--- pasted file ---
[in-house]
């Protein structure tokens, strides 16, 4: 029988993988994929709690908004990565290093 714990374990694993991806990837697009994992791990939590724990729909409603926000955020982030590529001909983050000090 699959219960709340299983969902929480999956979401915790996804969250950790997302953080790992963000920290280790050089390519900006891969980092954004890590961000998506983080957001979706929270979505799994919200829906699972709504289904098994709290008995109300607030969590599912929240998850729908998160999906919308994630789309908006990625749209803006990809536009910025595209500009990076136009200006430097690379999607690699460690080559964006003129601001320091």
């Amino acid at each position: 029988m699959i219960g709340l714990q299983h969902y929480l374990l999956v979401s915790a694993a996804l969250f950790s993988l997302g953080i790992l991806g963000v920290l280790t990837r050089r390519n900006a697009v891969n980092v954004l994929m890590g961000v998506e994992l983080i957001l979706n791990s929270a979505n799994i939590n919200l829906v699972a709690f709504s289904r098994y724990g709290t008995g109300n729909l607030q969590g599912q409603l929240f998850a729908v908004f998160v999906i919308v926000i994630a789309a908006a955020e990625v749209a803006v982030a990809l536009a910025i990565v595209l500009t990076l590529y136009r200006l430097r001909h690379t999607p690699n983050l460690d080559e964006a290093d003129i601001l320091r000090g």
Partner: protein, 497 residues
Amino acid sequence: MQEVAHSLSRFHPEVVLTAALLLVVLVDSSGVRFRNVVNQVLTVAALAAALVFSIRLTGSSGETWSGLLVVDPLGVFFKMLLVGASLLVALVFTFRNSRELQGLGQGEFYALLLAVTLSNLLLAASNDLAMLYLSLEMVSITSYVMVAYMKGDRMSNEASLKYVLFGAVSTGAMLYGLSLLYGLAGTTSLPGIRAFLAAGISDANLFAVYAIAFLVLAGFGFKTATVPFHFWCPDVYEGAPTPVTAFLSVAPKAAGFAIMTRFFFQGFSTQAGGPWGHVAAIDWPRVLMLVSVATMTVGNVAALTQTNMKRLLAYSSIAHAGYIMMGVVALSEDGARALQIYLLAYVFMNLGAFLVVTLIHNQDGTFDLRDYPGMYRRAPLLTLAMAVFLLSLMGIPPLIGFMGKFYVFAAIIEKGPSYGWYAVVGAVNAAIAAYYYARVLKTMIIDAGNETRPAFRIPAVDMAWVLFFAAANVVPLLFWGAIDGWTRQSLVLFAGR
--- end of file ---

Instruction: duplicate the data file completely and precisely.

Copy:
[in-house]
């Protein structure tokens, strides 16, 4: 029988993988994929709690908004990565290093 714990374990694993991806990837697009994992791990939590724990729909409603926000955020982030590529001909983050000090 699959219960709340299983969902929480999956979401915790996804969250950790997302953080790992963000920290280790050089390519900006891969980092954004890590961000998506983080957001979706929270979505799994919200829906699972709504289904098994709290008995109300607030969590599912929240998850729908998160999906919308994630789309908006990625749209803006990809536009910025595209500009990076136009200006430097690379999607690699460690080559964006003129601001320091």
């Amino acid at each position: 029988m699959i219960g709340l714990q299983h969902y929480l374990l999956v979401s915790a694993a996804l969250f950790s993988l997302g953080i790992l991806g963000v920290l280790t990837r050089r390519n900006a697009v891969n980092v954004l994929m890590g961000v998506e994992l983080i957001l979706n791990s929270a979505n799994i939590n919200l829906v699972a709690f709504s289904r098994y724990g709290t008995g109300n729909l607030q969590g599912q409603l929240f998850a729908v908004f998160v999906i919308v926000i994630a789309a908006a955020e990625v749209a803006v982030a990809l536009a910025i990565v595209l500009t990076l590529y136009r200006l430097r001909h690379t999607p690699n983050l460690d080559e964006a290093d003129i601001l320091r000090g």
Partner: protein, 497 residues
Amino acid sequence: MQEVAHSLSRFHPEVVLTAALLLVVLVDSSGVRFRNVVNQVLTVAALAAALVFSIRLTGSSGETWSGLLVVDPLGVFFKMLLVGASLLVALVFTFRNSRELQGLGQGEFYALLLAVTLSNLLLAASNDLAMLYLSLEMVSITSYVMVAYMKGDRMSNEASLKYVLFGAVSTGAMLYGLSLLYGLAGTTSLPGIRAFLAAGISDANLFAVYAIAFLVLAGFGFKTATVPFHFWCPDVYEGAPTPVTAFLSVAPKAAGFAIMTRFFFQGFSTQAGGPWGHVAAIDWPRVLMLVSVATMTVGNVAALTQTNMKRLLAYSSIAHAGYIMMGVVALSEDGARALQIYLLAYVFMNLGAFLVVTLIHNQDGTFDLRDYPGMYRRAPLLTLAMAVFLLSLMGIPPLIGFMGKFYVFAAIIEKGPSYGWYAVVGAVNAAIAAYYYARVLKTMIIDAGNETRPAFRIPAVDMAWVLFFAAANVVPLLFWGAIDGWTRQSLVLFAGR